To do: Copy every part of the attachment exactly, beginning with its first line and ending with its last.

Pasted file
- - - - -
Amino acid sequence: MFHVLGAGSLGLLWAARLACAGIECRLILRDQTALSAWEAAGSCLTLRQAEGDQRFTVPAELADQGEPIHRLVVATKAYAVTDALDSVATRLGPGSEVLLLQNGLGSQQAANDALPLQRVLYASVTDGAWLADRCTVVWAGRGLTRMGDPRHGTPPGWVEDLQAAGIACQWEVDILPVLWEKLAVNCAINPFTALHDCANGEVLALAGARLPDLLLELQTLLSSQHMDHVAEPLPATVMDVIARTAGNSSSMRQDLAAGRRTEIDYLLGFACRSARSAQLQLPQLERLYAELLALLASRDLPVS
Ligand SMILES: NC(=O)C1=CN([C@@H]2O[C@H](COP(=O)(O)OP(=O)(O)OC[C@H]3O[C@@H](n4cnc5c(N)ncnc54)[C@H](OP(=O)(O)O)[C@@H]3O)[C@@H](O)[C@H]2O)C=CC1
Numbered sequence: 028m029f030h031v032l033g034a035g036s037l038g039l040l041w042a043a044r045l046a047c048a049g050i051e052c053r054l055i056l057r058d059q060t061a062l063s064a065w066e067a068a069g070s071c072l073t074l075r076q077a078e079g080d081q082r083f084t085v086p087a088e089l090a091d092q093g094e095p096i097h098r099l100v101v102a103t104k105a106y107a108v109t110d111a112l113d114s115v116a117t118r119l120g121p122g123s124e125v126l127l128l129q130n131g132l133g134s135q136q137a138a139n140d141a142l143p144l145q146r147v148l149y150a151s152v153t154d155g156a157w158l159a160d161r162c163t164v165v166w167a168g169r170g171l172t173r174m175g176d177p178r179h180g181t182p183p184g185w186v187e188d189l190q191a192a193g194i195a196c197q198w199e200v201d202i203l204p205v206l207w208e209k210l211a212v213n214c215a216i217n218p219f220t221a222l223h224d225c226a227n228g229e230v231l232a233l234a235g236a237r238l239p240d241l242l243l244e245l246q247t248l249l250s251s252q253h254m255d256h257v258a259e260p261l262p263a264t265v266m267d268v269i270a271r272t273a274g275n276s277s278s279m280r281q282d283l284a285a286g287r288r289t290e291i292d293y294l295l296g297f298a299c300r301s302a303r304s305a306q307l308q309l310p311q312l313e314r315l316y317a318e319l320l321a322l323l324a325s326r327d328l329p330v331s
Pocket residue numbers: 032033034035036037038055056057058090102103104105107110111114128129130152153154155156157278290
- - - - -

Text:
Amino acid sequence: MFHVLGAGSLGLLWAARLACAGIECRLILRDQTALSAWEAAGSCLTLRQAEGDQRFTVPAELADQGEPIHRLVVATKAYAVTDALDSVATRLGPGSEVLLLQNGLGSQQAANDALPLQRVLYASVTDGAWLADRCTVVWAGRGLTRMGDPRHGTPPGWVEDLQAAGIACQWEVDILPVLWEKLAVNCAINPFTALHDCANGEVLALAGARLPDLLLELQTLLSSQHMDHVAEPLPATVMDVIARTAGNSSSMRQDLAAGRRTEIDYLLGFACRSARSAQLQLPQLERLYAELLALLASRDLPVS
Ligand SMILES: NC(=O)C1=CN([C@@H]2O[C@H](COP(=O)(O)OP(=O)(O)OC[C@H]3O[C@@H](n4cnc5c(N)ncnc54)[C@H](OP(=O)(O)O)[C@@H]3O)[C@@H](O)[C@H]2O)C=CC1
Numbered sequence: 028m029f030h031v032l033g034a035g036s037l038g039l040l041w042a043a044r045l046a047c048a049g050i051e052c053r054l055i056l057r058d059q060t061a062l063s064a065w066e067a068a069g070s071c072l073t074l075r076q077a078e079g080d081q082r083f084t085v086p087a088e089l090a091d092q093g094e095p096i097h098r099l100v101v102a103t104k105a106y107a108v109t110d111a112l113d114s115v116a117t118r119l120g121p122g123s124e125v126l127l128l129q130n131g132l133g134s135q136q137a138a139n140d141a142l143p144l145q146r147v148l149y150a151s152v153t154d155g156a157w158l159a160d161r162c163t164v165v166w167a168g169r170g171l172t173r174m175g176d177p178r179h180g181t182p183p184g185w186v187e188d189l190q191a192a193g194i195a196c197q198w199e200v201d202i203l204p205v206l207w208e209k210l211a212v213n214c215a216i217n218p219f220t221a222l223h224d225c226a227n228g229e230v231l232a233l234a235g236a237r238l239p240d241l242l243l244e245l246q247t248l249l250s251s252q253h254m255d256h257v258a259e260p261l262p263a264t265v266m267d268v269i270a271r272t273a274g275n276s277s278s279m280r281q282d283l284a285a286g287r288r289t290e291i292d293y294l295l296g297f298a299c300r301s302a303r304s305a306q307l308q309l310p311q312l313e314r315l316y317a318e319l320l321a322l323l324a325s326r327d328l329p330v331s
Pocket residue numbers: 032033034035036037038055056057058090102103104105107110111114128129130152153154155156157278290